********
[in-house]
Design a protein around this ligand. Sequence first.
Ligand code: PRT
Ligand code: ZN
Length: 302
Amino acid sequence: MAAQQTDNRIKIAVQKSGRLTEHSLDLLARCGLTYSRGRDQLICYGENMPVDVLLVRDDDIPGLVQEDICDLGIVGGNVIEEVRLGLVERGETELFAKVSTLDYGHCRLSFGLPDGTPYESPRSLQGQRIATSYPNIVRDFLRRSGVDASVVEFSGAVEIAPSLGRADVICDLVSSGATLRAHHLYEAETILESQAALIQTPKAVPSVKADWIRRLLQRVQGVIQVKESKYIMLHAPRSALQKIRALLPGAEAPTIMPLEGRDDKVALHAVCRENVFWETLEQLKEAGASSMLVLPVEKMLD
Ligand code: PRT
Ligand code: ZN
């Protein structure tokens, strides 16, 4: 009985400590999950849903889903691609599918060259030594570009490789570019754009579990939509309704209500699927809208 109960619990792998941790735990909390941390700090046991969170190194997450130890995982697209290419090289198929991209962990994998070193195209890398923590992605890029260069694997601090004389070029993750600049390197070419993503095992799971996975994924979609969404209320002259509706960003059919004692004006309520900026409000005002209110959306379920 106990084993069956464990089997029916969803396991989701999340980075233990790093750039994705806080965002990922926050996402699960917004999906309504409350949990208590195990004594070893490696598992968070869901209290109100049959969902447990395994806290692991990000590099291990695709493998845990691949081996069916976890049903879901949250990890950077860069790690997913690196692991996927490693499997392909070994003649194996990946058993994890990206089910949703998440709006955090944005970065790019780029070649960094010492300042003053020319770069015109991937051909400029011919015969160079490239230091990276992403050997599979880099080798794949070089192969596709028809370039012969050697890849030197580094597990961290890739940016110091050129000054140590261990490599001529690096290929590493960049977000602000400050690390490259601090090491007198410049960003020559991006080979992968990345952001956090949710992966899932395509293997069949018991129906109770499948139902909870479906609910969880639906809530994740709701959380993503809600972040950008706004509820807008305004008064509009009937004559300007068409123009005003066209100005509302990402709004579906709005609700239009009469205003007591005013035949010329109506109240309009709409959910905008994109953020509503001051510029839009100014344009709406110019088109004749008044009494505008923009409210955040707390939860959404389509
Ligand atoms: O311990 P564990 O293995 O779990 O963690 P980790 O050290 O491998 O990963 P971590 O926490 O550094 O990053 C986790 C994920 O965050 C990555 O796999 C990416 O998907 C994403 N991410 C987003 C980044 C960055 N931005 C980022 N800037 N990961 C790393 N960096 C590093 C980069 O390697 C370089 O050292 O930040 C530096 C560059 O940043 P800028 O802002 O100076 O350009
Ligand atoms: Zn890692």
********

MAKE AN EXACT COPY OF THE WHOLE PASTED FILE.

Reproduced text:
[in-house]
Design a protein around this ligand. Sequence first.
Ligand code: PRT
Ligand code: ZN
Length: 302
Amino acid sequence: MAAQQTDNRIKIAVQKSGRLTEHSLDLLARCGLTYSRGRDQLICYGENMPVDVLLVRDDDIPGLVQEDICDLGIVGGNVIEEVRLGLVERGETELFAKVSTLDYGHCRLSFGLPDGTPYESPRSLQGQRIATSYPNIVRDFLRRSGVDASVVEFSGAVEIAPSLGRADVICDLVSSGATLRAHHLYEAETILESQAALIQTPKAVPSVKADWIRRLLQRVQGVIQVKESKYIMLHAPRSALQKIRALLPGAEAPTIMPLEGRDDKVALHAVCRENVFWETLEQLKEAGASSMLVLPVEKMLD
Ligand code: PRT
Ligand code: ZN
């Protein structure tokens, strides 16, 4: 009985400590999950849903889903691609599918060259030594570009490789570019754009579990939509309704209500699927809208 109960619990792998941790735990909390941390700090046991969170190194997450130890995982697209290419090289198929991209962990994998070193195209890398923590992605890029260069694997601090004389070029993750600049390197070419993503095992799971996975994924979609969404209320002259509706960003059919004692004006309520900026409000005002209110959306379920 106990084993069956464990089997029916969803396991989701999340980075233990790093750039994705806080965002990922926050996402699960917004999906309504409350949990208590195990004594070893490696598992968070869901209290109100049959969902447990395994806290692991990000590099291990695709493998845990691949081996069916976890049903879901949250990890950077860069790690997913690196692991996927490693499997392909070994003649194996990946058993994890990206089910949703998440709006955090944005970065790019780029070649960094010492300042003053020319770069015109991937051909400029011919015969160079490239230091990276992403050997599979880099080798794949070089192969596709028809370039012969050697890849030197580094597990961290890739940016110091050129000054140590261990490599001529690096290929590493960049977000602000400050690390490259601090090491007198410049960003020559991006080979992968990345952001956090949710992966899932395509293997069949018991129906109770499948139902909870479906609910969880639906809530994740709701959380993503809600972040950008706004509820807008305004008064509009009937004559300007068409123009005003066209100005509302990402709004579906709005609700239009009469205003007591005013035949010329109506109240309009709409959910905008994109953020509503001051510029839009100014344009709406110019088109004749008044009494505008923009409210955040707390939860959404389509
Ligand atoms: O311990 P564990 O293995 O779990 O963690 P980790 O050290 O491998 O990963 P971590 O926490 O550094 O990053 C986790 C994920 O965050 C990555 O796999 C990416 O998907 C994403 N991410 C987003 C980044 C960055 N931005 C980022 N800037 N990961 C790393 N960096 C590093 C980069 O390697 C370089 O050292 O930040 C530096 C560059 O940043 P800028 O802002 O100076 O350009
Ligand atoms: Zn890692």